Open the Holocaust archives
Miami Herald: Which is worse: That millions of Holocaust documents have been hidden from the public for 60 years or that their stewards, even after agreeing in May to allow access to those documents, have yet to do so? The United States and Israel, who already have done their part, must press the nine other country-stewards to ratify opening the Nazi archives at Bad Arolsen, Germany.
The U.S. government and Congress also should ensure that aging Holocaust survivors gain full access and that they can use documents found to support and reopen restitution claims, regardless of previous denials or legal deadlines. Too many survivors already have died without knowing the fates of loved ones. Nor have they gotten any justice through compensation.
For decades survivors have searched for answers to the unspeakable horror perpetuated by the Nazis. Some never found out how or where parents, siblings or children died. Others have sought restitution for stolen belongings, bank accounts and insurance payouts. Survivors forced into slave labor have fought legal battles for a pittance in compensation. In most, if not all, of the legal cases, the Nazi victims did not have access to the primary documents from firms or the Nazi administration itself.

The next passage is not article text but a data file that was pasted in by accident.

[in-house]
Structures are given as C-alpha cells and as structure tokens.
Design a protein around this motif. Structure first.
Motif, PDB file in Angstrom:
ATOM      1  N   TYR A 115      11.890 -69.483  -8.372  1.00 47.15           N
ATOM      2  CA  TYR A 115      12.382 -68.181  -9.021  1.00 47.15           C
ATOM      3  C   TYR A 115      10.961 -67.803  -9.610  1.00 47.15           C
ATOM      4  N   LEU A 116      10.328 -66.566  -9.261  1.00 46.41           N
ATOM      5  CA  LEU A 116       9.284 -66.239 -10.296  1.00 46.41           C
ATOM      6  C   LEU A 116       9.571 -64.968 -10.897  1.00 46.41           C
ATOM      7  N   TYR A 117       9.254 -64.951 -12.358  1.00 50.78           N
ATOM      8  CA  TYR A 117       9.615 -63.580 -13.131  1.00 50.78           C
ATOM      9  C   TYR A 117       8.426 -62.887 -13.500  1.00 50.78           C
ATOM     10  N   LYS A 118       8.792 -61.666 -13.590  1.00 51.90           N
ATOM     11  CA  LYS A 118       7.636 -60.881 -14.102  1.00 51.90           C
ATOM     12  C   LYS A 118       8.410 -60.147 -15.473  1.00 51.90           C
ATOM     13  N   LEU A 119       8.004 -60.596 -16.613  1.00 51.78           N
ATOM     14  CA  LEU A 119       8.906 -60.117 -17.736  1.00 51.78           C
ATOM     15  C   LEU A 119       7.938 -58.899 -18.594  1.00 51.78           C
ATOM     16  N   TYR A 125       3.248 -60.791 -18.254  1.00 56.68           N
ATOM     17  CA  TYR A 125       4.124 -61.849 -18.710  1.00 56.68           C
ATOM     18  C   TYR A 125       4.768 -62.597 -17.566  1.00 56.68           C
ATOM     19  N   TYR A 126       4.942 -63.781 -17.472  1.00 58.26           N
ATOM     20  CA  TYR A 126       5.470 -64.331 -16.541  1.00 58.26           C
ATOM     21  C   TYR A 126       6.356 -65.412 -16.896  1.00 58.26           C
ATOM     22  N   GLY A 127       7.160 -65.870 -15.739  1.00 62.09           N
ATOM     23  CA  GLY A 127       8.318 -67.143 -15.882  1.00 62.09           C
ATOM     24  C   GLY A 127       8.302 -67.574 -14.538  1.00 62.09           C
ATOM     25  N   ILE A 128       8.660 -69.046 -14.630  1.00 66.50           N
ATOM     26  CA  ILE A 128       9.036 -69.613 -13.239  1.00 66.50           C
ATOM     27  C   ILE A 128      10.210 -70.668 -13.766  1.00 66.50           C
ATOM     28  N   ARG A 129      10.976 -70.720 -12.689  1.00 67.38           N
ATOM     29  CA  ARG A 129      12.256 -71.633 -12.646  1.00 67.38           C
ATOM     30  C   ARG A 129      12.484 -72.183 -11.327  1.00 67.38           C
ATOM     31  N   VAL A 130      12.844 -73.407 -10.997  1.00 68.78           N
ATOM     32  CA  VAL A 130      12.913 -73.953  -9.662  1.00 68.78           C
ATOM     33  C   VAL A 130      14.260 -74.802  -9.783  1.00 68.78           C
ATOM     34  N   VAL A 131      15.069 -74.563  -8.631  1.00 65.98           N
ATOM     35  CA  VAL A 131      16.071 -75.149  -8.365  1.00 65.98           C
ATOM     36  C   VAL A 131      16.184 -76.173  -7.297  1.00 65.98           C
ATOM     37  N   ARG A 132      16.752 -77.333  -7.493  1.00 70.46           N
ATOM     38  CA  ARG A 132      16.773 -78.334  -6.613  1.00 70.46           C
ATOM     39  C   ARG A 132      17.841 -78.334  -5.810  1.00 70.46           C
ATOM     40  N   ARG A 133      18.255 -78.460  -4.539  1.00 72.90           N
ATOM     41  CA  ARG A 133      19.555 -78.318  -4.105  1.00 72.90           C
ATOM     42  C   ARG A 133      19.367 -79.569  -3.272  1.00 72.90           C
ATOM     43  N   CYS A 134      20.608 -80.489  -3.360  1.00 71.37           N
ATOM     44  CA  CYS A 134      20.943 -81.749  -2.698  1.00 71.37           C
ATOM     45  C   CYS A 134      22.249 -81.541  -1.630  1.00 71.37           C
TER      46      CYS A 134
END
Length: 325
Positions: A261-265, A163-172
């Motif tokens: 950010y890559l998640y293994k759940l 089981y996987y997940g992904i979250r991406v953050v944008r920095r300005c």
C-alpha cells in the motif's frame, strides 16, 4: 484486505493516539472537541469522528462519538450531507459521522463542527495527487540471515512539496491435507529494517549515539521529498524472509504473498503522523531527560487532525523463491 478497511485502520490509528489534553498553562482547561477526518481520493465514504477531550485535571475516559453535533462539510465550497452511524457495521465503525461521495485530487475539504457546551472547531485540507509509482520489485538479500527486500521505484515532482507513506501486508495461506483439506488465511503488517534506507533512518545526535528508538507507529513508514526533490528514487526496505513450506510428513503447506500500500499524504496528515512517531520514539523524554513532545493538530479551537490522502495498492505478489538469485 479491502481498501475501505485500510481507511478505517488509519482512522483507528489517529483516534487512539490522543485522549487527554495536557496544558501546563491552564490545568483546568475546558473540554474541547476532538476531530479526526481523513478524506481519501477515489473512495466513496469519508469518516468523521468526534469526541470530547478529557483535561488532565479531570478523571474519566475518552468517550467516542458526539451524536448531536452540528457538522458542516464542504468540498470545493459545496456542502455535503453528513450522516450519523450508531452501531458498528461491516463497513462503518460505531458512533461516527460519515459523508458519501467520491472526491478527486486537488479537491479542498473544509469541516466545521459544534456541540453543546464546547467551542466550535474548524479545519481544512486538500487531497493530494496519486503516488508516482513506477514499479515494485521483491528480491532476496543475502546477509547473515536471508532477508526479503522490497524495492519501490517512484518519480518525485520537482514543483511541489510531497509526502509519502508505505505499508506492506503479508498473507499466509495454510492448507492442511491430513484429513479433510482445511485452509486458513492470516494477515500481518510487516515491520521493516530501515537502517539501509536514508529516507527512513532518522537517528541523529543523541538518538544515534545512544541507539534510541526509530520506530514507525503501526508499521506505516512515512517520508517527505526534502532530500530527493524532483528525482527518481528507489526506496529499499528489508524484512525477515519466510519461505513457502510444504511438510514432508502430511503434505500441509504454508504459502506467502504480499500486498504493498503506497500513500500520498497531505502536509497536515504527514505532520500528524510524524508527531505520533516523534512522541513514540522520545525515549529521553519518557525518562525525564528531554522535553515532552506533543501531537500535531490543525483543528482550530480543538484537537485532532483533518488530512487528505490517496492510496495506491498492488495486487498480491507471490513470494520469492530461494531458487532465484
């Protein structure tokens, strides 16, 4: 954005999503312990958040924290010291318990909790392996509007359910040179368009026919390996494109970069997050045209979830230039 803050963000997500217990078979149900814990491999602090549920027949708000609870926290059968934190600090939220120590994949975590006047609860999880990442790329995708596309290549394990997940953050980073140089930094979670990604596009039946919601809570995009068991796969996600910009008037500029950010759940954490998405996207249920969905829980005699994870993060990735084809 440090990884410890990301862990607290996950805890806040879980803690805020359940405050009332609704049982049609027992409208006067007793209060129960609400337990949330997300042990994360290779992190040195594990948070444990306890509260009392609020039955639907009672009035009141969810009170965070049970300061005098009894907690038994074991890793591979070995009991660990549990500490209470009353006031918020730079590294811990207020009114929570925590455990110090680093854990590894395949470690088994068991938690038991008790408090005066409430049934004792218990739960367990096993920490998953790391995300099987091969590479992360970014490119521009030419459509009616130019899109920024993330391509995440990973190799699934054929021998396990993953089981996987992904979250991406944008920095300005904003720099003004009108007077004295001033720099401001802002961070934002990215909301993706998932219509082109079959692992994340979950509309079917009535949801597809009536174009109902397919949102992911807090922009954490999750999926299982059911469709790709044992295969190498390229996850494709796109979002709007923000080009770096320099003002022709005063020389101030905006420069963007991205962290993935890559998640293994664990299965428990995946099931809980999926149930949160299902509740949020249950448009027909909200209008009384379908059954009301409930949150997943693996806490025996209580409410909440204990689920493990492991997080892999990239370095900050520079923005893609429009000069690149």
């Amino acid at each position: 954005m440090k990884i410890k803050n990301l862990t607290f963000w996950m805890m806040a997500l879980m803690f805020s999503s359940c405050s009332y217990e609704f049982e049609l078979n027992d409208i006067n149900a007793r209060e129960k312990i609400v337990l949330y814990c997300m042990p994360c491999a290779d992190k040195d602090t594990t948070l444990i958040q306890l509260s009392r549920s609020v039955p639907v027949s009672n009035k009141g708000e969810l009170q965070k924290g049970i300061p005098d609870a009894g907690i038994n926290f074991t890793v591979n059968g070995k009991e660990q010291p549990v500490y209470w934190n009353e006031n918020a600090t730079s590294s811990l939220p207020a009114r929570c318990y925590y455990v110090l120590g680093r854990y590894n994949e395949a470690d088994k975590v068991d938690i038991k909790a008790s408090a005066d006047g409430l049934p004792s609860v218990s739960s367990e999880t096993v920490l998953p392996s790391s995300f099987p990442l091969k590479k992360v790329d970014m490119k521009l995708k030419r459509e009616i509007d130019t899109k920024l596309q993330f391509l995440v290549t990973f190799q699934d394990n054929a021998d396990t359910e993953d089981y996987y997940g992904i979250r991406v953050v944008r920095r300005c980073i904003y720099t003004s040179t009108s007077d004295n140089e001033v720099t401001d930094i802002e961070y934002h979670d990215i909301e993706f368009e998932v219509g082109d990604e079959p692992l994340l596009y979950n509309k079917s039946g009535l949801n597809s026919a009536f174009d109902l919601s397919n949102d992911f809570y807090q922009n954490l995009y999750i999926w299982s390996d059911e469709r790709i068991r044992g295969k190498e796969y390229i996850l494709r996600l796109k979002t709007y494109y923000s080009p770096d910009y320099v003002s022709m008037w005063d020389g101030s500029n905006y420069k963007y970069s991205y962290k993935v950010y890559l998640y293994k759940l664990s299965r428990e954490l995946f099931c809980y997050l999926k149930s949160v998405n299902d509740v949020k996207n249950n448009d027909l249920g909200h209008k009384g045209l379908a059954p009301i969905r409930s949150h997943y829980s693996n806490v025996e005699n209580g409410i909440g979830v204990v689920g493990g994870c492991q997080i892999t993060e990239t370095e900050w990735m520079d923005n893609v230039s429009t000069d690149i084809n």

Miles of records
The Bad Arolsen records, administered by an arm of the International Red Cross, offer 16 linear miles of concentration-camp registrations, death lists, displaced-person files and all the minutiae collected by meticulous Nazi record-keepers. The Nazis forced concentration-camp prisoners to turn over their assets. Thus, records of bank accounts, insurance policies and other belongings may well exist in those archives. Those records will reaffirm the terrible reality of the Holocaust. They could also reverse miscarriages of justice in survivor's claims.
Senate Foreign Relations Committee Chair Joseph Biden, D-Del., commendably has urged the nine overseer governments to quickly move to open the Bad Arolsen archives.